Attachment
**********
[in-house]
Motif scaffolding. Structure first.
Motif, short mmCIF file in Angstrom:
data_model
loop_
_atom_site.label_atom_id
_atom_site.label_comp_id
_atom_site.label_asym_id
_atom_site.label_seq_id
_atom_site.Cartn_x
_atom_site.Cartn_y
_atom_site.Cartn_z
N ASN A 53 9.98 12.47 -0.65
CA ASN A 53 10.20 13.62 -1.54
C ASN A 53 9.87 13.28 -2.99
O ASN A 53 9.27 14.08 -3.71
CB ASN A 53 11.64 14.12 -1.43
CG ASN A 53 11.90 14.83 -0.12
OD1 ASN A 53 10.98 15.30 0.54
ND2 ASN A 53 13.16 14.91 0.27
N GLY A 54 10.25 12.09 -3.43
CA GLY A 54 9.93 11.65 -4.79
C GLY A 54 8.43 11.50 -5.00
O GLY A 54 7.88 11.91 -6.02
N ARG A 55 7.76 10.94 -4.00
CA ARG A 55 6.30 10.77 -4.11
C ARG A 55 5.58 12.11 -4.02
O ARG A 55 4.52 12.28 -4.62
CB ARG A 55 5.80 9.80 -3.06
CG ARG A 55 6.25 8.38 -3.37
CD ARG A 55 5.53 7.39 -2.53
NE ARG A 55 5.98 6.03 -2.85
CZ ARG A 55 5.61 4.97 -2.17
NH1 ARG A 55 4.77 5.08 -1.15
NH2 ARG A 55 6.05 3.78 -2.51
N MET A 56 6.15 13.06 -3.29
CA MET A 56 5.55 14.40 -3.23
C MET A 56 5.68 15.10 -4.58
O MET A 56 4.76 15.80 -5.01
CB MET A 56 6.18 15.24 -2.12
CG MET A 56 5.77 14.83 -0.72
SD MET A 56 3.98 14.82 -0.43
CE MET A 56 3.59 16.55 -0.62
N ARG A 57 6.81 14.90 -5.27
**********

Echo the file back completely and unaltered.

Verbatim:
[in-house]
Motif scaffolding. Structure first.
Motif, short mmCIF file in Angstrom:
data_model
loop_
_atom_site.label_atom_id
_atom_site.label_comp_id
_atom_site.label_asym_id
_atom_site.label_seq_id
_atom_site.Cartn_x
_atom_site.Cartn_y
_atom_site.Cartn_z
N ASN A 53 9.98 12.47 -0.65
CA ASN A 53 10.20 13.62 -1.54
C ASN A 53 9.87 13.28 -2.99
O ASN A 53 9.27 14.08 -3.71
CB ASN A 53 11.64 14.12 -1.43
CG ASN A 53 11.90 14.83 -0.12
OD1 ASN A 53 10.98 15.30 0.54
ND2 ASN A 53 13.16 14.91 0.27
N GLY A 54 10.25 12.09 -3.43
CA GLY A 54 9.93 11.65 -4.79
C GLY A 54 8.43 11.50 -5.00
O GLY A 54 7.88 11.91 -6.02
N ARG A 55 7.76 10.94 -4.00
CA ARG A 55 6.30 10.77 -4.11
C ARG A 55 5.58 12.11 -4.02
O ARG A 55 4.52 12.28 -4.62
CB ARG A 55 5.80 9.80 -3.06
CG ARG A 55 6.25 8.38 -3.37
CD ARG A 55 5.53 7.39 -2.53
NE ARG A 55 5.98 6.03 -2.85
CZ ARG A 55 5.61 4.97 -2.17
NH1 ARG A 55 4.77 5.08 -1.15
NH2 ARG A 55 6.05 3.78 -2.51
N MET A 56 6.15 13.06 -3.29
CA MET A 56 5.55 14.40 -3.23
C MET A 56 5.68 15.10 -4.58
O MET A 56 4.76 15.80 -5.01
CB MET A 56 6.18 15.24 -2.12
CG MET A 56 5.77 14.83 -0.72
SD MET A 56 3.98 14.82 -0.43
CE MET A 56 3.59 16.55 -0.62
N ARG A 57 6.81 14.90 -5.27